Slaves were treated as strictly capital, similar to how cattle in feed lots are treated in today’s society. Slaves were transported in Coffles, which are “groups chained to one another on forced marches (Foner 336)”, kept it overcrowded, insanity conditions, denied medical care, killed off if the traders didn’t believe there was a profit in them anymore, placed in a showroom and auctioned out,then were subjected to brutal and often unwarranted violence from their masters. Slaves were often dressed in clothing that represented cleanliness or order before being taken to the showrooms. Slave traders felt if they gave the slaves a classy appearance that it would help defer the typical sterotypes of that time period that blacks were “childlike and lazy (Foner 346)” while still promoting the belief that they are “unsuited for republican freedom (Foner 346).” However, all it did was turn individual slaves into “physical symbols of their own salability (Johnson 121)” and left “nothing else about them immediately apparent (Johnson 121).” Slave traders even went as far as to ‘drive’ the slaves around a ring to showcase how well they move to the buyers, further implementing the idea of an individual person having a solitary and dependent worth.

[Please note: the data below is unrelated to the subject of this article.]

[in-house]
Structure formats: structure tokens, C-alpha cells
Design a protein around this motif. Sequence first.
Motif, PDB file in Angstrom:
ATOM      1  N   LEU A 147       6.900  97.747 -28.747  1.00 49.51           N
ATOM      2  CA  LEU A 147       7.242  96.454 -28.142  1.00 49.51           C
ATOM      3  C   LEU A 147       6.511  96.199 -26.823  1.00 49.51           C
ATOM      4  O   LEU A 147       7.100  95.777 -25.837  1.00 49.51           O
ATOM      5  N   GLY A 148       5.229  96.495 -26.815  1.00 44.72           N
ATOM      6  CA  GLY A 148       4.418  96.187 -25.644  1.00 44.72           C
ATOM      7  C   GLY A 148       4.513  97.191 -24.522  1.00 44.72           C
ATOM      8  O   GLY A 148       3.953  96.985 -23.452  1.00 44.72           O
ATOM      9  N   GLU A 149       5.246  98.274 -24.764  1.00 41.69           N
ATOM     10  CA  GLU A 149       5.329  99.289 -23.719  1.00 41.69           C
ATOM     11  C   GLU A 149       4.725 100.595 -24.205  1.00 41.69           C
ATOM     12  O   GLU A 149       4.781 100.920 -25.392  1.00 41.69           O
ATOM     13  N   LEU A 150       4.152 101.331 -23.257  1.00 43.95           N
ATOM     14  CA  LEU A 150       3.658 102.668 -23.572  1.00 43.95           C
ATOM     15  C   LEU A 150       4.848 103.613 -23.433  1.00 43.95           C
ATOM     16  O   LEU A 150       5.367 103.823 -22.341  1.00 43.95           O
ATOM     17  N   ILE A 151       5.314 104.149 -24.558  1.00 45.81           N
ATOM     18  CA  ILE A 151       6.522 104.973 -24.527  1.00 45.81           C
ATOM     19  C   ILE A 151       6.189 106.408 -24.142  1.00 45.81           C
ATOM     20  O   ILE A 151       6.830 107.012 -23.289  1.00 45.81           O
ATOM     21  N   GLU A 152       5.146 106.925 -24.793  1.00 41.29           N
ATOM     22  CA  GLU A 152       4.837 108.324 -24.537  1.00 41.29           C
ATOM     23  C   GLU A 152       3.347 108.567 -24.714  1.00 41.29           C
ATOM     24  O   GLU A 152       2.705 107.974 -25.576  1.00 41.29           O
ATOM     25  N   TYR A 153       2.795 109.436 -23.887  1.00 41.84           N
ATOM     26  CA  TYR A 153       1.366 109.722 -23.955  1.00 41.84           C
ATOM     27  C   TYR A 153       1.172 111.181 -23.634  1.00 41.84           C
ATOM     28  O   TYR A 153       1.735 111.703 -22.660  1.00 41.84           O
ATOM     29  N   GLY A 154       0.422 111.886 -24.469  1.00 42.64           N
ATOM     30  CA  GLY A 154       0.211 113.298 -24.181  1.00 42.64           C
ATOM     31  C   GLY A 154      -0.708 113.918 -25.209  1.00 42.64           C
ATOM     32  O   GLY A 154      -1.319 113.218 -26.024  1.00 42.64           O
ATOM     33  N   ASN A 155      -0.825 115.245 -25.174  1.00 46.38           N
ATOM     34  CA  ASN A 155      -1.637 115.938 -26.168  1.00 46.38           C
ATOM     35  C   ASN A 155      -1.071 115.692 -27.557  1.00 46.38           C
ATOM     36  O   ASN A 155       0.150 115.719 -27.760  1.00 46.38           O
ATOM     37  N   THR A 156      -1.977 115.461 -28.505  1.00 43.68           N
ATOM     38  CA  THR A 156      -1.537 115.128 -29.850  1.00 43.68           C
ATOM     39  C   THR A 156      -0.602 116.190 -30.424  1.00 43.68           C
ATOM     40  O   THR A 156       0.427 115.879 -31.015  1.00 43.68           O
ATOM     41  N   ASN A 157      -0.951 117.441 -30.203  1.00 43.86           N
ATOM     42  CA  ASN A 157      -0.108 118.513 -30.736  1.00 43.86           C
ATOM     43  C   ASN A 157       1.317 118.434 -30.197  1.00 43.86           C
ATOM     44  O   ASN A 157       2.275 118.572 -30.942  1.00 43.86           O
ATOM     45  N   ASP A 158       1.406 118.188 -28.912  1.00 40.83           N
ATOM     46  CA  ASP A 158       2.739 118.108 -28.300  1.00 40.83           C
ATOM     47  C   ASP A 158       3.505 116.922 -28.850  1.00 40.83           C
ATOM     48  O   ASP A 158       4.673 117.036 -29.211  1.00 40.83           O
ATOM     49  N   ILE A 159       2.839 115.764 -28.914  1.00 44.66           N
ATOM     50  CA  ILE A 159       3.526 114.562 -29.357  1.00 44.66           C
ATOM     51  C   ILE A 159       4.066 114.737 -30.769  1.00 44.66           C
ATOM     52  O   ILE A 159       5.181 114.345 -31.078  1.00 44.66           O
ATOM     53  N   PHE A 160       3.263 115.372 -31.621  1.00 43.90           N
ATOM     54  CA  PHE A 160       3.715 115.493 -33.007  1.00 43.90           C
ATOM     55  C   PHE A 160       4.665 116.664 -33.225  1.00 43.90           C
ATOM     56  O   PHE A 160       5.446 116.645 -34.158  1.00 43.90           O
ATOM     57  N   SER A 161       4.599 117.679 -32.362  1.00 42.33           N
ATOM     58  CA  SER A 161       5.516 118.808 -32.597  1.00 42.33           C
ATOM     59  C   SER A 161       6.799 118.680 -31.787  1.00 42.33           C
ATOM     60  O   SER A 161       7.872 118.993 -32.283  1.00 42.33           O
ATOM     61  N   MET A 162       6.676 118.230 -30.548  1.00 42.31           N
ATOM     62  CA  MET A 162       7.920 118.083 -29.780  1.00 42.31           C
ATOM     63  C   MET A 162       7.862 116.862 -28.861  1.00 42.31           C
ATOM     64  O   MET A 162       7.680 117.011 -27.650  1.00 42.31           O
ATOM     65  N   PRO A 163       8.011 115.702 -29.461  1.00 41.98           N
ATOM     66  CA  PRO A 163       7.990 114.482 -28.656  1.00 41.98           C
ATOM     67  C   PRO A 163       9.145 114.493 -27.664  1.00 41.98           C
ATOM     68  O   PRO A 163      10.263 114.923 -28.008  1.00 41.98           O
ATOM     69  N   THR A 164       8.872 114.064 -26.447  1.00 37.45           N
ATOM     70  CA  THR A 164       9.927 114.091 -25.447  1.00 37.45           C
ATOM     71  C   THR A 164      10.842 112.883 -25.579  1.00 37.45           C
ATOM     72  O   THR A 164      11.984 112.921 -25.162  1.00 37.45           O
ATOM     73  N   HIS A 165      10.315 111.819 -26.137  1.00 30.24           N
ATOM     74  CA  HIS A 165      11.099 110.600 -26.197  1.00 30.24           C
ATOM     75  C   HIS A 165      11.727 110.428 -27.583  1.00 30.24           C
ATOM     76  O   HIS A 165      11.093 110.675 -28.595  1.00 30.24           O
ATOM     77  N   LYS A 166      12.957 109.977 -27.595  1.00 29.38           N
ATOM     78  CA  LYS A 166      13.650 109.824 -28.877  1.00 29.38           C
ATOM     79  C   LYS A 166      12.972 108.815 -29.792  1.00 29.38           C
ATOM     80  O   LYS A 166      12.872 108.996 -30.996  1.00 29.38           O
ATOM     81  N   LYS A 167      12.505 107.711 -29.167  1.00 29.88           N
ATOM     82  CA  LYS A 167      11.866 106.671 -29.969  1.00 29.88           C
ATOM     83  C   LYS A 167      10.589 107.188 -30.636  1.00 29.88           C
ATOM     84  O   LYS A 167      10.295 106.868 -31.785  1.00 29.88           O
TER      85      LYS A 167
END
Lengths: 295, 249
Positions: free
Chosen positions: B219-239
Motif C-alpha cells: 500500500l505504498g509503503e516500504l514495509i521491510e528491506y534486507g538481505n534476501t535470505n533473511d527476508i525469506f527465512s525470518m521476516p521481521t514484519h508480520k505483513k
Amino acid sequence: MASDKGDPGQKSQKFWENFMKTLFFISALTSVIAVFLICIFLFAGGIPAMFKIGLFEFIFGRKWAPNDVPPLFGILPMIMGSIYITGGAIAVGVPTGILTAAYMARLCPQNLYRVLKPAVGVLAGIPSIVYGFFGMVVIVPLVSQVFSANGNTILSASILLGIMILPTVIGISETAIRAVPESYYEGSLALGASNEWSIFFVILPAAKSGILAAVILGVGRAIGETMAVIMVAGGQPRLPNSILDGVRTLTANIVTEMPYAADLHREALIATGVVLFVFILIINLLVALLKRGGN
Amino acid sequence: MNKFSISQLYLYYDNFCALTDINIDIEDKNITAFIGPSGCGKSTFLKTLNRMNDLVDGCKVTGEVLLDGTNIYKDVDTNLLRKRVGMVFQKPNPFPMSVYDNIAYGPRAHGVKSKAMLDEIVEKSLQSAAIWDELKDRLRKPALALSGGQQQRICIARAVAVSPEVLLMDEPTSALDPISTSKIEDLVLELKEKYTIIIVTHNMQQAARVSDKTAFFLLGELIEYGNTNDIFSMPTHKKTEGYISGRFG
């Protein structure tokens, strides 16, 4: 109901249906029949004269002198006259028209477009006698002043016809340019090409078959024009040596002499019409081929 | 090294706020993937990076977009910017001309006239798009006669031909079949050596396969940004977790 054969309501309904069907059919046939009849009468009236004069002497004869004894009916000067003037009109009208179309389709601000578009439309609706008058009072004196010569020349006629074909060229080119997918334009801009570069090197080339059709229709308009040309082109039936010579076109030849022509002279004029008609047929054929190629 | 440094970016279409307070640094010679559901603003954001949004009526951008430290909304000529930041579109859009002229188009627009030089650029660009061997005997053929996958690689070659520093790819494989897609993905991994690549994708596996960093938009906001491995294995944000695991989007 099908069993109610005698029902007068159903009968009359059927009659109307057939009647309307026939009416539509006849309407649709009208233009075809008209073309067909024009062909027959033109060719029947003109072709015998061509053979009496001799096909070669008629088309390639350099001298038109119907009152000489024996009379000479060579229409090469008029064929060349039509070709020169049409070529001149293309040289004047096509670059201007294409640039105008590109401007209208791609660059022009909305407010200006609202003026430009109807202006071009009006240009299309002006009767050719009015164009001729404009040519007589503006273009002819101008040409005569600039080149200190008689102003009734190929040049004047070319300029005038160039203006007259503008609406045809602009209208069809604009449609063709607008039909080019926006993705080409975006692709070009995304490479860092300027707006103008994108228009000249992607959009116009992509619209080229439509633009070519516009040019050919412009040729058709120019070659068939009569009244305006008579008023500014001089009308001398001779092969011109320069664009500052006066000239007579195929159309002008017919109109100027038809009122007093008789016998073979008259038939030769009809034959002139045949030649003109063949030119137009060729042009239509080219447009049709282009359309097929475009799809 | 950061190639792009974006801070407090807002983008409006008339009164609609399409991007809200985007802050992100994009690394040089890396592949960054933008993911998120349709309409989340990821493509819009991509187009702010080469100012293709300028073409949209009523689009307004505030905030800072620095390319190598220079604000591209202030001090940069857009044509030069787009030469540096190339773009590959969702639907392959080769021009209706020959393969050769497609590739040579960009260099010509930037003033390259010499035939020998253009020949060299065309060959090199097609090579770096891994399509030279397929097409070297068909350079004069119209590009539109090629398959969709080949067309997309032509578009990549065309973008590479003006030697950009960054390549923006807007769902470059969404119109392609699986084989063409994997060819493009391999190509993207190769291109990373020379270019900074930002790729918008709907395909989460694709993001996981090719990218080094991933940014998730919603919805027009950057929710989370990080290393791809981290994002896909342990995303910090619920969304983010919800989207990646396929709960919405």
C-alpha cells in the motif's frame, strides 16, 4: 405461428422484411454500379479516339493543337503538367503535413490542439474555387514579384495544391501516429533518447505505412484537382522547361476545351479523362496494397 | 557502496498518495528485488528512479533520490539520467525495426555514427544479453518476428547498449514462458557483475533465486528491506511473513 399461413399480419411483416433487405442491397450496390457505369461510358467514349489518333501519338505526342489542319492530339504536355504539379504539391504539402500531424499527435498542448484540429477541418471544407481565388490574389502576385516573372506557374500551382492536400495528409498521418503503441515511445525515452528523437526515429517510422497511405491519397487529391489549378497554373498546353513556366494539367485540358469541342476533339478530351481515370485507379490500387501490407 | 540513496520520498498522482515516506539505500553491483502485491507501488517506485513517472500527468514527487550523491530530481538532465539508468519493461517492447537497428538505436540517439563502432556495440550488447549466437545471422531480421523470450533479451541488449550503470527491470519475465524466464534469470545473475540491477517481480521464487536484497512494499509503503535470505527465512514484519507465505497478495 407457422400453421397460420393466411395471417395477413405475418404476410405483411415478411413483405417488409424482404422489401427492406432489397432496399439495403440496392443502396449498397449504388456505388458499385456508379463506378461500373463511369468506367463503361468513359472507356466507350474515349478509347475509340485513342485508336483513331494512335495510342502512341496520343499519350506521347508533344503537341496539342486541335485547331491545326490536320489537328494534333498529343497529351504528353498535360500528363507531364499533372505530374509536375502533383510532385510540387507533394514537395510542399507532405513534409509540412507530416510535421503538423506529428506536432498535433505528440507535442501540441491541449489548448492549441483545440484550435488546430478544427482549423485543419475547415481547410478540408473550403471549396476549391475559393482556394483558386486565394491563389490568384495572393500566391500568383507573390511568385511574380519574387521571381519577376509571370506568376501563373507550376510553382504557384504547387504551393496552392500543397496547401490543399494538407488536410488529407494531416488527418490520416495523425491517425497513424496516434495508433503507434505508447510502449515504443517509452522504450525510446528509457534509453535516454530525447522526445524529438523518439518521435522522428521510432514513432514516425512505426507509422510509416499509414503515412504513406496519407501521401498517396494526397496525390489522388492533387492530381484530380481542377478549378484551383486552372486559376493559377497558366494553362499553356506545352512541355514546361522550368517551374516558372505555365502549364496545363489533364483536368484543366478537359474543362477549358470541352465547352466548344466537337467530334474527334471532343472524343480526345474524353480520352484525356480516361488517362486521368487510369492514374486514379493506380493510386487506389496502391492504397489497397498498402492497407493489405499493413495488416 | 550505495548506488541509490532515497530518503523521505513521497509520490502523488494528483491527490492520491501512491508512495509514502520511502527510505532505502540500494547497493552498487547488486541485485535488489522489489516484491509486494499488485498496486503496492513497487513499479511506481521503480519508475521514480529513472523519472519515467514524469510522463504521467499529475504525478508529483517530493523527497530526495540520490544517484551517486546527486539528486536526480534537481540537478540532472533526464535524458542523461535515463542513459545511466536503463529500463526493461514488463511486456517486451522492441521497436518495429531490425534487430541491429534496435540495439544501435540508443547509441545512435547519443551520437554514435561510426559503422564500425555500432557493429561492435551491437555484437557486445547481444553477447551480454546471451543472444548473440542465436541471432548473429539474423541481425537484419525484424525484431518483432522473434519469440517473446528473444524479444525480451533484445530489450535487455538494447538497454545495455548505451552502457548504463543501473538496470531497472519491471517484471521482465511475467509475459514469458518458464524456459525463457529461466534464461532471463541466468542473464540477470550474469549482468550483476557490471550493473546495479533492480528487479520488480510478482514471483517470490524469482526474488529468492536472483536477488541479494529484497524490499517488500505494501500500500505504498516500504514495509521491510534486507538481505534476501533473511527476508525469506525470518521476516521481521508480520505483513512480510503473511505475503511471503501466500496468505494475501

Being one of the most thriving up and coming cities of the nineteenth century due to the gulf of Mexico, the Mississippi river, and the vast access to large amounts of land suitable to grow cotton, New Orleans became one of the largest hubs for the slave trade and therefor one of the most influential cities in the making of slaves as a sellable product. New Orleans also brought tourism from all over to the cities where the slave traders were located, further spreading the idea that slaves were capital items across the country and globe. While paid servants existed in this time period, people of the South had a special fixation on the social hierarchy of owning a slave. This deep rooted desire to own a slave as your own property in American history is what isolated the blacks into a category of sellable produce instead of independant human beings and helped to shape the Antebellum slave trade into exactly what it was “a single transaction on its leading edge- a trader, a buyer, and a slave making a bargain that would drastically change the life of each (Johnson 18)” in significantly different ways and for many years to come.
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